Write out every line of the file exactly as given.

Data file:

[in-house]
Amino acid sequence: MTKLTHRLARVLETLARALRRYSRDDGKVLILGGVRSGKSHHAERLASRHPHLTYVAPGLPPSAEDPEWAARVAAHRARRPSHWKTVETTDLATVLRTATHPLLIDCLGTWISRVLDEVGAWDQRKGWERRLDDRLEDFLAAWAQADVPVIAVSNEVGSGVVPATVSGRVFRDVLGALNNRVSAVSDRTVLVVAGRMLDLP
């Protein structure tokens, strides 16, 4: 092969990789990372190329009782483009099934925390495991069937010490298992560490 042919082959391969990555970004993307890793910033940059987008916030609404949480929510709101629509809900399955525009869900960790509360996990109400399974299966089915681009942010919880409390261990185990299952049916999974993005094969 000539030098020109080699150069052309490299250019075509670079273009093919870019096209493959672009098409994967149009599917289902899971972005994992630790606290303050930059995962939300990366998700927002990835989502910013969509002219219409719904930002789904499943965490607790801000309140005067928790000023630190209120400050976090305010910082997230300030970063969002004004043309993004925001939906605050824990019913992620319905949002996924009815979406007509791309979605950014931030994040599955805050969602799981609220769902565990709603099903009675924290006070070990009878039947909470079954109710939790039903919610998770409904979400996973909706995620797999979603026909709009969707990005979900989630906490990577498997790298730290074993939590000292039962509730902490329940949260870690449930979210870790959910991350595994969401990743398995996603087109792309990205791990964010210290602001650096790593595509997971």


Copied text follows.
[in-house]
Amino acid sequence: MTKLTHRLARVLETLARALRRYSRDDGKVLILGGVRSGKSHHAERLASRHPHLTYVAPGLPPSAEDPEWAARVAAHRARRPSHWKTVETTDLATVLRTATHPLLIDCLGTWISRVLDEVGAWDQRKGWERRLDDRLEDFLAAWAQADVPVIAVSNEVGSGVVPATVSGRVFRDVLGALNNRVSAVSDRTVLVVAGRMLDLP
């Protein structure tokens, strides 16, 4: 092969990789990372190329009782483009099934925390495991069937010490298992560490 042919082959391969990555970004993307890793910033940059987008916030609404949480929510709101629509809900399955525009869900960790509360996990109400399974299966089915681009942010919880409390261990185990299952049916999974993005094969 000539030098020109080699150069052309490299250019075509670079273009093919870019096209493959672009098409994967149009599917289902899971972005994992630790606290303050930059995962939300990366998700927002990835989502910013969509002219219409719904930002789904499943965490607790801000309140005067928790000023630190209120400050976090305010910082997230300030970063969002004004043309993004925001939906605050824990019913992620319905949002996924009815979406007509791309979605950014931030994040599955805050969602799981609220769902565990709603099903009675924290006070070990009878039947909470079954109710939790039903919610998770409904979400996973909706995620797999979603026909709009969707990005979900989630906490990577498997790298730290074993939590000292039962509730902490329940949260870690449930979210870790959910991350595994969401990743398995996603087109792309990205791990964010210290602001650096790593595509997971």